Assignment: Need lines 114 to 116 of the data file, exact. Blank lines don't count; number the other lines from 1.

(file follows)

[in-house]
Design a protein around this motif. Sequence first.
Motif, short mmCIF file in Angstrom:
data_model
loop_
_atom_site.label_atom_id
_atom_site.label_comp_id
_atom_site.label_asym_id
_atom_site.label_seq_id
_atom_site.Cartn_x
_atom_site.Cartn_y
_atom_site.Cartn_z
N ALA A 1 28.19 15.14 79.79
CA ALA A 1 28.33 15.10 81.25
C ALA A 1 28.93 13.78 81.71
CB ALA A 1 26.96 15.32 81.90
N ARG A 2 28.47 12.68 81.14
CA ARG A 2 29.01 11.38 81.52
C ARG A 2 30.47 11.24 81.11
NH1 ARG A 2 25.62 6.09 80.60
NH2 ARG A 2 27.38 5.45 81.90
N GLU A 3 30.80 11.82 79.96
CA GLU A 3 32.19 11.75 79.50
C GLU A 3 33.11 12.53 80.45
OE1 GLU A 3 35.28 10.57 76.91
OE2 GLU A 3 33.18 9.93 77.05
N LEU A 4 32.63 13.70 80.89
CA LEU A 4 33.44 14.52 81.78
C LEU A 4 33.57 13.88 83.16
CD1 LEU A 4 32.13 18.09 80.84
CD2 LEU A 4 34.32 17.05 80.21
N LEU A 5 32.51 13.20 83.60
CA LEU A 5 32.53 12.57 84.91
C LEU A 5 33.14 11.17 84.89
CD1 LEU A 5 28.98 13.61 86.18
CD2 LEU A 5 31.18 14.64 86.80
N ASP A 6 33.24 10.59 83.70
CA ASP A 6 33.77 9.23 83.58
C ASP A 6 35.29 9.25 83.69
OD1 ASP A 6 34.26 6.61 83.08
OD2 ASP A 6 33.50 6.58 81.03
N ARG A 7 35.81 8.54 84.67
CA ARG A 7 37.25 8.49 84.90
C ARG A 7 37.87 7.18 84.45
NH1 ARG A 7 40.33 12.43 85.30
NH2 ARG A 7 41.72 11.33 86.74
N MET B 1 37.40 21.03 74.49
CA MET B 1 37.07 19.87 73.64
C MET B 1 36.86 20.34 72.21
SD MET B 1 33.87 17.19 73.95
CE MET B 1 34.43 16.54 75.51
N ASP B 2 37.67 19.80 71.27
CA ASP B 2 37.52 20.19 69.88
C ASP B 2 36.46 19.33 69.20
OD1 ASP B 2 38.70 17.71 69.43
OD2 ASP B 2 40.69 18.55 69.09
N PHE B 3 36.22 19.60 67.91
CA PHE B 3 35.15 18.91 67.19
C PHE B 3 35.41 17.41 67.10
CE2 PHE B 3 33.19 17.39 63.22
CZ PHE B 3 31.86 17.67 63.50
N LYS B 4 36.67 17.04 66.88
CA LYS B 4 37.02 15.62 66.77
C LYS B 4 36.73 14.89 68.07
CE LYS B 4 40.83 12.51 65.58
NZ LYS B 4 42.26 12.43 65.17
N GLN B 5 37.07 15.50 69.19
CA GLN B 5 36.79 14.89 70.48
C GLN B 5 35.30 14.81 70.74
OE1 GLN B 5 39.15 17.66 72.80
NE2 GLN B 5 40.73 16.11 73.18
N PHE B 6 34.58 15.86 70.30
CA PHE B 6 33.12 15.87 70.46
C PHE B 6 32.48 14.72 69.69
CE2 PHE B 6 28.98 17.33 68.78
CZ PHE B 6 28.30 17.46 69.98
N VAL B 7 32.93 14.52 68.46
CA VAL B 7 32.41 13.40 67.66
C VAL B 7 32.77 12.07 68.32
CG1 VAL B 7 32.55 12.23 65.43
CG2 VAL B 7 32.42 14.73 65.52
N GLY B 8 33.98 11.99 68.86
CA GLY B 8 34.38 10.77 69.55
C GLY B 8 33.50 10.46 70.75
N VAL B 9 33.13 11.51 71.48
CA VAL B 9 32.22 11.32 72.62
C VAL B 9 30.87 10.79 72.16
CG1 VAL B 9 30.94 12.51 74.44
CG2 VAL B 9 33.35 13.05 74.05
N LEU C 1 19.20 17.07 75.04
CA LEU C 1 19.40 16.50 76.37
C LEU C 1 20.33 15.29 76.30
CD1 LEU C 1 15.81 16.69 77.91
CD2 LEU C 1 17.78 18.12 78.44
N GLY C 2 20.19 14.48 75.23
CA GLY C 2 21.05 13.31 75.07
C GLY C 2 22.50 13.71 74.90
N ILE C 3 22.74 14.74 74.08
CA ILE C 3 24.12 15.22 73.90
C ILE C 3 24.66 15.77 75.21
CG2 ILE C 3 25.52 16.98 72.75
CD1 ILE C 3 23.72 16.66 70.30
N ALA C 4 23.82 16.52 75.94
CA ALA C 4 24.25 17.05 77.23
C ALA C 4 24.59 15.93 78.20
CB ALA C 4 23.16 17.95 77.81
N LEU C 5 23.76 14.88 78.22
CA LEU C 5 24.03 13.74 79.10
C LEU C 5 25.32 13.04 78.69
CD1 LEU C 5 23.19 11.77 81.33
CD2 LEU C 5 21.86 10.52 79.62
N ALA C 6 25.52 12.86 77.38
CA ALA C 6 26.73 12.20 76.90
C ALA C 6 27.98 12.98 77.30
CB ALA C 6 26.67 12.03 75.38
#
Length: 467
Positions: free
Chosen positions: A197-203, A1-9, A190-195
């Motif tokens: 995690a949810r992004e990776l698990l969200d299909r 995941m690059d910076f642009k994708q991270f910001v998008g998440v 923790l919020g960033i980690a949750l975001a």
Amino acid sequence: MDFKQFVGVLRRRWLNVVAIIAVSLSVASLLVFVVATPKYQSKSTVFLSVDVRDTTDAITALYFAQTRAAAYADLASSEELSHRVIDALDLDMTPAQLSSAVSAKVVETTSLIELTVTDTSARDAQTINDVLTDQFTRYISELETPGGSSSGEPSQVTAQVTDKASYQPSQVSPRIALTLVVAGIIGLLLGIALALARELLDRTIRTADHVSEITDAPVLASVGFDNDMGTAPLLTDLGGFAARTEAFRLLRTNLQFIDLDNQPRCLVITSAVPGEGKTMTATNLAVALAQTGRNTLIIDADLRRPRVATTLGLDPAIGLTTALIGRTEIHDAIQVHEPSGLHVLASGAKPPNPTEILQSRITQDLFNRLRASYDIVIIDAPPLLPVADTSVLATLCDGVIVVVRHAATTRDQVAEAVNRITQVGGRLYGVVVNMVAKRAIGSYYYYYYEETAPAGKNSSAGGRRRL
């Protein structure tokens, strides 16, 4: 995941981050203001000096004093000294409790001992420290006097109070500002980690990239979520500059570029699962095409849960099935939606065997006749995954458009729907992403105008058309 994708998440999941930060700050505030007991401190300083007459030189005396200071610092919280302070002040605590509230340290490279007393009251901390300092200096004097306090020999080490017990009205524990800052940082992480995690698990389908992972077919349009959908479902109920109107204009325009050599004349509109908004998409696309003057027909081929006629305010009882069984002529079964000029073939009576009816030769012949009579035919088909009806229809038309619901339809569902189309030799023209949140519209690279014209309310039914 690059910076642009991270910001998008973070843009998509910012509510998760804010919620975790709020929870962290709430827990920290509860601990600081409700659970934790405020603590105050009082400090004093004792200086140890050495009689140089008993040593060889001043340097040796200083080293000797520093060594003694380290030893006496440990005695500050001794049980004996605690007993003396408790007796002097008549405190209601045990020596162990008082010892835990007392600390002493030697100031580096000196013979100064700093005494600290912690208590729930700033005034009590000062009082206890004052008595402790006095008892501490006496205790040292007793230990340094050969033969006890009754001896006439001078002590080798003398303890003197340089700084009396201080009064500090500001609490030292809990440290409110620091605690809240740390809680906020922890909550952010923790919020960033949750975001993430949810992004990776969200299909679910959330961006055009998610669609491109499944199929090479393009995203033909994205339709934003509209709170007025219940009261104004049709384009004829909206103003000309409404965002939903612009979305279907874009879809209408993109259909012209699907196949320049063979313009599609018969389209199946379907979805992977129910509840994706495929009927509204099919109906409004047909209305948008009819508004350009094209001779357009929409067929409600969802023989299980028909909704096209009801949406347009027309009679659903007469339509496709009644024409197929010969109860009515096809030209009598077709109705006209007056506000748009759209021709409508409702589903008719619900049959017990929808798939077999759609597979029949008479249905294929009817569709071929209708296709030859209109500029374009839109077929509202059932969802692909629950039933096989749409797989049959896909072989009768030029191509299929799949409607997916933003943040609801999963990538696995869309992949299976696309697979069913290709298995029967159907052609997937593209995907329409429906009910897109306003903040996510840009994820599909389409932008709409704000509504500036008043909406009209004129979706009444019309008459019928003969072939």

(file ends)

C ALA C 6 27.98 12.98 77.30
CB ALA C 6 26.67 12.03 75.38
#